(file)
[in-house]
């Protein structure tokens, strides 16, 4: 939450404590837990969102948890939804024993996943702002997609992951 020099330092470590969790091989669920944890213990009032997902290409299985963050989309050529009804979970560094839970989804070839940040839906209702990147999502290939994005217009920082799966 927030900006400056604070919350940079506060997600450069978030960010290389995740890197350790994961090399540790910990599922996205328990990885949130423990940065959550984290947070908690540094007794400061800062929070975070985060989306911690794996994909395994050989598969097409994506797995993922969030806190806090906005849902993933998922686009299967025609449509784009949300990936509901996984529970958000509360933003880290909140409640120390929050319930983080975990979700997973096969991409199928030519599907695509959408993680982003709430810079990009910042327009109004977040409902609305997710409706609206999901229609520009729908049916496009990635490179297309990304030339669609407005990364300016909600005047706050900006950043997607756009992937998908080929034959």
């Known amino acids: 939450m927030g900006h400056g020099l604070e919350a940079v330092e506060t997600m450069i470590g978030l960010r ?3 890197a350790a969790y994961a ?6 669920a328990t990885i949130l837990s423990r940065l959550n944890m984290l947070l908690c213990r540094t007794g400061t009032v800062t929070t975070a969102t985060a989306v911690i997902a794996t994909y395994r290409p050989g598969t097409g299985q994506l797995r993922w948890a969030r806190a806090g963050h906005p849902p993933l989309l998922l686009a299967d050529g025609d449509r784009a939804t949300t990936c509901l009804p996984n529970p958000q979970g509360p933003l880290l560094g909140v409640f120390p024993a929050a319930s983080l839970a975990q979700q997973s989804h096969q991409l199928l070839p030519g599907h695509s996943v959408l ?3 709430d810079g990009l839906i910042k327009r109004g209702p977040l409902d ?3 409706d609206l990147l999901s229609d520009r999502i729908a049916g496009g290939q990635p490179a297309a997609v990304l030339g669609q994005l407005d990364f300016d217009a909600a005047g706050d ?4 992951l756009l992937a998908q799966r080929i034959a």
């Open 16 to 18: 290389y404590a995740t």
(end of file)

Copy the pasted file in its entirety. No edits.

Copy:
[in-house]
């Protein structure tokens, strides 16, 4: 939450404590837990969102948890939804024993996943702002997609992951 020099330092470590969790091989669920944890213990009032997902290409299985963050989309050529009804979970560094839970989804070839940040839906209702990147999502290939994005217009920082799966 927030900006400056604070919350940079506060997600450069978030960010290389995740890197350790994961090399540790910990599922996205328990990885949130423990940065959550984290947070908690540094007794400061800062929070975070985060989306911690794996994909395994050989598969097409994506797995993922969030806190806090906005849902993933998922686009299967025609449509784009949300990936509901996984529970958000509360933003880290909140409640120390929050319930983080975990979700997973096969991409199928030519599907695509959408993680982003709430810079990009910042327009109004977040409902609305997710409706609206999901229609520009729908049916496009990635490179297309990304030339669609407005990364300016909600005047706050900006950043997607756009992937998908080929034959």
């Known amino acids: 939450m927030g900006h400056g020099l604070e919350a940079v330092e506060t997600m450069i470590g978030l960010r ?3 890197a350790a969790y994961a ?6 669920a328990t990885i949130l837990s423990r940065l959550n944890m984290l947070l908690c213990r540094t007794g400061t009032v800062t929070t975070a969102t985060a989306v911690i997902a794996t994909y395994r290409p050989g598969t097409g299985q994506l797995r993922w948890a969030r806190a806090g963050h906005p849902p993933l989309l998922l686009a299967d050529g025609d449509r784009a939804t949300t990936c509901l009804p996984n529970p958000q979970g509360p933003l880290l560094g909140v409640f120390p024993a929050a319930s983080l839970a975990q979700q997973s989804h096969q991409l199928l070839p030519g599907h695509s996943v959408l ?3 709430d810079g990009l839906i910042k327009r109004g209702p977040l409902d ?3 409706d609206l990147l999901s229609d520009r999502i729908a049916g496009g290939q990635p490179a297309a997609v990304l030339g669609q994005l407005d990364f300016d217009a909600a005047g706050d ?4 992951l756009l992937a998908q799966r080929i034959a």
């Open 16 to 18: 290389y404590a995740t």